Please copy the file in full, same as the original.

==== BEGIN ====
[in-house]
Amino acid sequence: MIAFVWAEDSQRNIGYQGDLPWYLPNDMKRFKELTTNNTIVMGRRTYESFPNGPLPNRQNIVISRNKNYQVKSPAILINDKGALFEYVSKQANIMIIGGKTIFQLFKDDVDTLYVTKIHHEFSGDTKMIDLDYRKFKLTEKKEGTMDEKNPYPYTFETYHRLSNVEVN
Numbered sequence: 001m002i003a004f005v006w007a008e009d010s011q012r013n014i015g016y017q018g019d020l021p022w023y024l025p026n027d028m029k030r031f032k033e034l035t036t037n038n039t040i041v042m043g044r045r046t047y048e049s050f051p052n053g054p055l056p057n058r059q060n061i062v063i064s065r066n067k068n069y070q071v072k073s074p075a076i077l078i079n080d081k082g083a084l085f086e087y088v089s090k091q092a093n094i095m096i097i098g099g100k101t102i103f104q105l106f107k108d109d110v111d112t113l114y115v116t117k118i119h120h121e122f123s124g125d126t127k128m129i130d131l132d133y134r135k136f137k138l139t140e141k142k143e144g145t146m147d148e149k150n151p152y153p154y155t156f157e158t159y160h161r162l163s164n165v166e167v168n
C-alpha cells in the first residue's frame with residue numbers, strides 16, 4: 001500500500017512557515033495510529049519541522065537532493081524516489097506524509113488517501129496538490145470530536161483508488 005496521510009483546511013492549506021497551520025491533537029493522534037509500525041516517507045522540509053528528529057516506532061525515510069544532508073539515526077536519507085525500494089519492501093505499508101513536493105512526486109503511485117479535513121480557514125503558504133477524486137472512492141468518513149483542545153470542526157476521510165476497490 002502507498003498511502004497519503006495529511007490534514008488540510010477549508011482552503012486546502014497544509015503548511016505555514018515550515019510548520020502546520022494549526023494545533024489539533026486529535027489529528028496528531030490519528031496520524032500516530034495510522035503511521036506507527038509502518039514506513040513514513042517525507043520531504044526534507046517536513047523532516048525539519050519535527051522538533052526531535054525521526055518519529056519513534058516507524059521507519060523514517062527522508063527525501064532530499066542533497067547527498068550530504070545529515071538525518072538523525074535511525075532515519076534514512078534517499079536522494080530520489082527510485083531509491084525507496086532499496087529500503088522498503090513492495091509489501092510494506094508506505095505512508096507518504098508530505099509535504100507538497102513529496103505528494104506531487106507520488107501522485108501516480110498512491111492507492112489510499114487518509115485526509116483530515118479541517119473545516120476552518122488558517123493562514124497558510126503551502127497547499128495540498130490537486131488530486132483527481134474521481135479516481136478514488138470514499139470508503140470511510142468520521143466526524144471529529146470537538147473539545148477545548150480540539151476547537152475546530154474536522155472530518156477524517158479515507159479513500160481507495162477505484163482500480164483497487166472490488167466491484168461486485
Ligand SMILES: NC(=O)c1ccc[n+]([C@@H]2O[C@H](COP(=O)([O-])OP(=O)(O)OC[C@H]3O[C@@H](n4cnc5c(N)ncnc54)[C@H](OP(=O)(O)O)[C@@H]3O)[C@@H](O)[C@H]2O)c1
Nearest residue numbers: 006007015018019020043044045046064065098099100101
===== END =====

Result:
[in-house]
Amino acid sequence: MIAFVWAEDSQRNIGYQGDLPWYLPNDMKRFKELTTNNTIVMGRRTYESFPNGPLPNRQNIVISRNKNYQVKSPAILINDKGALFEYVSKQANIMIIGGKTIFQLFKDDVDTLYVTKIHHEFSGDTKMIDLDYRKFKLTEKKEGTMDEKNPYPYTFETYHRLSNVEVN
Numbered sequence: 001m002i003a004f005v006w007a008e009d010s011q012r013n014i015g016y017q018g019d020l021p022w023y024l025p026n027d028m029k030r031f032k033e034l035t036t037n038n039t040i041v042m043g044r045r046t047y048e049s050f051p052n053g054p055l056p057n058r059q060n061i062v063i064s065r066n067k068n069y070q071v072k073s074p075a076i077l078i079n080d081k082g083a084l085f086e087y088v089s090k091q092a093n094i095m096i097i098g099g100k101t102i103f104q105l106f107k108d109d110v111d112t113l114y115v116t117k118i119h120h121e122f123s124g125d126t127k128m129i130d131l132d133y134r135k136f137k138l139t140e141k142k143e144g145t146m147d148e149k150n151p152y153p154y155t156f157e158t159y160h161r162l163s164n165v166e167v168n
C-alpha cells in the first residue's frame with residue numbers, strides 16, 4: 001500500500017512557515033495510529049519541522065537532493081524516489097506524509113488517501129496538490145470530536161483508488 005496521510009483546511013492549506021497551520025491533537029493522534037509500525041516517507045522540509053528528529057516506532061525515510069544532508073539515526077536519507085525500494089519492501093505499508101513536493105512526486109503511485117479535513121480557514125503558504133477524486137472512492141468518513149483542545153470542526157476521510165476497490 002502507498003498511502004497519503006495529511007490534514008488540510010477549508011482552503012486546502014497544509015503548511016505555514018515550515019510548520020502546520022494549526023494545533024489539533026486529535027489529528028496528531030490519528031496520524032500516530034495510522035503511521036506507527038509502518039514506513040513514513042517525507043520531504044526534507046517536513047523532516048525539519050519535527051522538533052526531535054525521526055518519529056519513534058516507524059521507519060523514517062527522508063527525501064532530499066542533497067547527498068550530504070545529515071538525518072538523525074535511525075532515519076534514512078534517499079536522494080530520489082527510485083531509491084525507496086532499496087529500503088522498503090513492495091509489501092510494506094508506505095505512508096507518504098508530505099509535504100507538497102513529496103505528494104506531487106507520488107501522485108501516480110498512491111492507492112489510499114487518509115485526509116483530515118479541517119473545516120476552518122488558517123493562514124497558510126503551502127497547499128495540498130490537486131488530486132483527481134474521481135479516481136478514488138470514499139470508503140470511510142468520521143466526524144471529529146470537538147473539545148477545548150480540539151476547537152475546530154474536522155472530518156477524517158479515507159479513500160481507495162477505484163482500480164483497487166472490488167466491484168461486485
Ligand SMILES: NC(=O)c1ccc[n+]([C@@H]2O[C@H](COP(=O)([O-])OP(=O)(O)OC[C@H]3O[C@@H](n4cnc5c(N)ncnc54)[C@H](OP(=O)(O)O)[C@@H]3O)[C@@H](O)[C@H]2O)c1
Nearest residue numbers: 006007015018019020043044045046064065098099100101